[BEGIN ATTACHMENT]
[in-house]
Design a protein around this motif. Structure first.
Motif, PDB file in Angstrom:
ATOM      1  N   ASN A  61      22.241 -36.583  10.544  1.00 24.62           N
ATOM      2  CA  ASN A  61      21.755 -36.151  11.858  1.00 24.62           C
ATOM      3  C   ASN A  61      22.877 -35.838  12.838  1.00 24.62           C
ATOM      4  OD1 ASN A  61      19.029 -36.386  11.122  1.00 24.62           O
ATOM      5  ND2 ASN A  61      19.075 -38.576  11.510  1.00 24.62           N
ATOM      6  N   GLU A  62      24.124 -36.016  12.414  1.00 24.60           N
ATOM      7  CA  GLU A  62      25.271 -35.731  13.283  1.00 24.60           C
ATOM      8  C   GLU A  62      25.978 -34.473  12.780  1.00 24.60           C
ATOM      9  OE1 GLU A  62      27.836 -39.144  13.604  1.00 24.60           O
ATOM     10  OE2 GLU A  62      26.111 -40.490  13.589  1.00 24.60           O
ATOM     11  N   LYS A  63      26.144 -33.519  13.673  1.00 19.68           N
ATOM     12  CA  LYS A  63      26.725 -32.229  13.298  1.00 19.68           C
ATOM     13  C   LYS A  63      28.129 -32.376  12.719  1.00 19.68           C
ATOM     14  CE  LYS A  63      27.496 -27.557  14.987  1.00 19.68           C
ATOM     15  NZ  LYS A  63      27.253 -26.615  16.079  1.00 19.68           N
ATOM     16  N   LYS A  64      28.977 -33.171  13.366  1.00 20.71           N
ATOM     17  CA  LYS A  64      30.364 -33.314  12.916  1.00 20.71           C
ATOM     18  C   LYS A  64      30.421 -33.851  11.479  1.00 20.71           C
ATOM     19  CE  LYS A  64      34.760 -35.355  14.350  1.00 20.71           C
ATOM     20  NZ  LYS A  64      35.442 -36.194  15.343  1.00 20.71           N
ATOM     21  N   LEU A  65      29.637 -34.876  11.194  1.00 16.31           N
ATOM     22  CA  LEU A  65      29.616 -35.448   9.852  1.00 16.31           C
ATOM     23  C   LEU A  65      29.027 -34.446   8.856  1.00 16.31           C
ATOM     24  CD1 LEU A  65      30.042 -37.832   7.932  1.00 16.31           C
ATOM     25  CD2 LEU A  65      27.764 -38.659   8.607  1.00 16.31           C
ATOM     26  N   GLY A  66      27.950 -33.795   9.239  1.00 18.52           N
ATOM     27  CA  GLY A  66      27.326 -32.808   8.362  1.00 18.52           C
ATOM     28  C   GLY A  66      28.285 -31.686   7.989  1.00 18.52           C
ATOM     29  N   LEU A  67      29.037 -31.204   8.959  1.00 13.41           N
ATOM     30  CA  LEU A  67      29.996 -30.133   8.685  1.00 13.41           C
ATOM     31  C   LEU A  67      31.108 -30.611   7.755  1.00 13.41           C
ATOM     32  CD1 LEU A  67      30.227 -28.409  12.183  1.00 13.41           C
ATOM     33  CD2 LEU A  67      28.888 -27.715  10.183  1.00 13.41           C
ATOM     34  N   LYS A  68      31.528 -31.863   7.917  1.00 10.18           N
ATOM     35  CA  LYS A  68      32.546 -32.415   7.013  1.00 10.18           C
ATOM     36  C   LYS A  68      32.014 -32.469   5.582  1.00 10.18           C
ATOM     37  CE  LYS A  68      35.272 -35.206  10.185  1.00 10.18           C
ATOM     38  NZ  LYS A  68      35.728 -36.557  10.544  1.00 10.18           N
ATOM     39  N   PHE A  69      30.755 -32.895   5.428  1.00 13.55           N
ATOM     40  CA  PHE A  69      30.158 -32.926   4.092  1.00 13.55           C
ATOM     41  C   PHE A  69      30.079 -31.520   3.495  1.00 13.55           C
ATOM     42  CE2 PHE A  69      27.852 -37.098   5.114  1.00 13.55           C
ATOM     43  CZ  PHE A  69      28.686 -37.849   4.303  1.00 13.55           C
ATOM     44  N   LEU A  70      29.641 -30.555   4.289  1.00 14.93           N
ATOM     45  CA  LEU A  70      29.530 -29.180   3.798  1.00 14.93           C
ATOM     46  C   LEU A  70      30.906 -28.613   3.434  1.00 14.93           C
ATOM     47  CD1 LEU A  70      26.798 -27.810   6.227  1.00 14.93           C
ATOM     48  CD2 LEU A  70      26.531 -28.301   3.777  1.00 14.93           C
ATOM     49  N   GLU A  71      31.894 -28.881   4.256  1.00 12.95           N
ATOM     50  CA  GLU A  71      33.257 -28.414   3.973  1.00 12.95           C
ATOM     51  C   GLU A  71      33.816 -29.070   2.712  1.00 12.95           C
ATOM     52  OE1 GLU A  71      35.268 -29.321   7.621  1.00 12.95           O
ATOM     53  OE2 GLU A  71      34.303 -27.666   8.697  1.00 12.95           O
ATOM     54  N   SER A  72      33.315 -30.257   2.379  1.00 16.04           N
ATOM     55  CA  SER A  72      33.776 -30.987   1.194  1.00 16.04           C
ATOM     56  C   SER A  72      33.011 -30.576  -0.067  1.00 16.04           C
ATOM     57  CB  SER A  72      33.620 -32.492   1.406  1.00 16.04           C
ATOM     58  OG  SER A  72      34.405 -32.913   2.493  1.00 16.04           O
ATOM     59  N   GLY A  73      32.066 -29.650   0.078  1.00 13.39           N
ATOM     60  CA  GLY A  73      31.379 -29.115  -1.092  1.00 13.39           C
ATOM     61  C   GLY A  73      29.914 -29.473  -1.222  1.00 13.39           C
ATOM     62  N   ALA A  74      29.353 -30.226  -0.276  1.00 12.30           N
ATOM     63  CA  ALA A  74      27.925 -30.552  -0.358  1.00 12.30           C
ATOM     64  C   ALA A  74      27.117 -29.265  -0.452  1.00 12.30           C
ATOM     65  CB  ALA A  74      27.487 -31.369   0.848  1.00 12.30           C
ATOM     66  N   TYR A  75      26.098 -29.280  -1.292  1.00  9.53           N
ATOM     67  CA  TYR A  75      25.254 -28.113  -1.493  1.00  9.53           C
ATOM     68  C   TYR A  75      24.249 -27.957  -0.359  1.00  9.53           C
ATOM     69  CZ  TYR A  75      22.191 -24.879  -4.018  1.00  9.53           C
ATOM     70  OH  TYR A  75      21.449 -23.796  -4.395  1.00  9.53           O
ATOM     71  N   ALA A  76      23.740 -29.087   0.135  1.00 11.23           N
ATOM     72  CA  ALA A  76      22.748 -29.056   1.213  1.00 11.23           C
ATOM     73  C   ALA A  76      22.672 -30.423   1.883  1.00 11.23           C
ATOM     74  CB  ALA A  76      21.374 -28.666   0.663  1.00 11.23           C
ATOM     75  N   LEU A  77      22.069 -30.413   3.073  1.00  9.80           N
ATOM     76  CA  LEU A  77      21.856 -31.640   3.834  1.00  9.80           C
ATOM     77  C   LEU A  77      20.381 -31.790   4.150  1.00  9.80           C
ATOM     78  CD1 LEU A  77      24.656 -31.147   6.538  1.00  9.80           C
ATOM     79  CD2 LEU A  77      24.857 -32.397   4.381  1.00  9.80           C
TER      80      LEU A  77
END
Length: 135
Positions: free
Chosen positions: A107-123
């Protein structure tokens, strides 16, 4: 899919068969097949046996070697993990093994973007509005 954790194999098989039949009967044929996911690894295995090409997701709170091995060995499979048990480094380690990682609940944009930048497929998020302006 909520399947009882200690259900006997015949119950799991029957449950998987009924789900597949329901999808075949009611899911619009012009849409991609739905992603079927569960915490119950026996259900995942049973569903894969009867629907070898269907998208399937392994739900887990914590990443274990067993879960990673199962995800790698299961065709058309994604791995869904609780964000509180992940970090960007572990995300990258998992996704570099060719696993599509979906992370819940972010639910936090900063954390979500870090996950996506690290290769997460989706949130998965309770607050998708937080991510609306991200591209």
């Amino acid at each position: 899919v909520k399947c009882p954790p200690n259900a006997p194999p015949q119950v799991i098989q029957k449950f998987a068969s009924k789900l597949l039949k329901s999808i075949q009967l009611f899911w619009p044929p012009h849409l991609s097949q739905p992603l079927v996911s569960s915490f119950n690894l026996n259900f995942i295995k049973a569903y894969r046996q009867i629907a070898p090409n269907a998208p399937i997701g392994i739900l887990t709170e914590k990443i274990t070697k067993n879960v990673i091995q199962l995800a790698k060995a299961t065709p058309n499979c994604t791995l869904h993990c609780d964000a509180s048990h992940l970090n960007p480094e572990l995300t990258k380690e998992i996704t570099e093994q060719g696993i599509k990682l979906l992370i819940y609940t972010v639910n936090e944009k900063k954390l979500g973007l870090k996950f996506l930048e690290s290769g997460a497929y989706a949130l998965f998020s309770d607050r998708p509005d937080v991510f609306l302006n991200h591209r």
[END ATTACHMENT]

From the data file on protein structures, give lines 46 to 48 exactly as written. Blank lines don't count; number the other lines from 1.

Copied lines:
ATOM     43  CZ  PHE A  69      28.686 -37.849   4.303  1.00 13.55           C
ATOM     44  N   LEU A  70      29.641 -30.555   4.289  1.00 14.93           N
ATOM     45  CA  LEU A  70      29.530 -29.180   3.798  1.00 14.93           C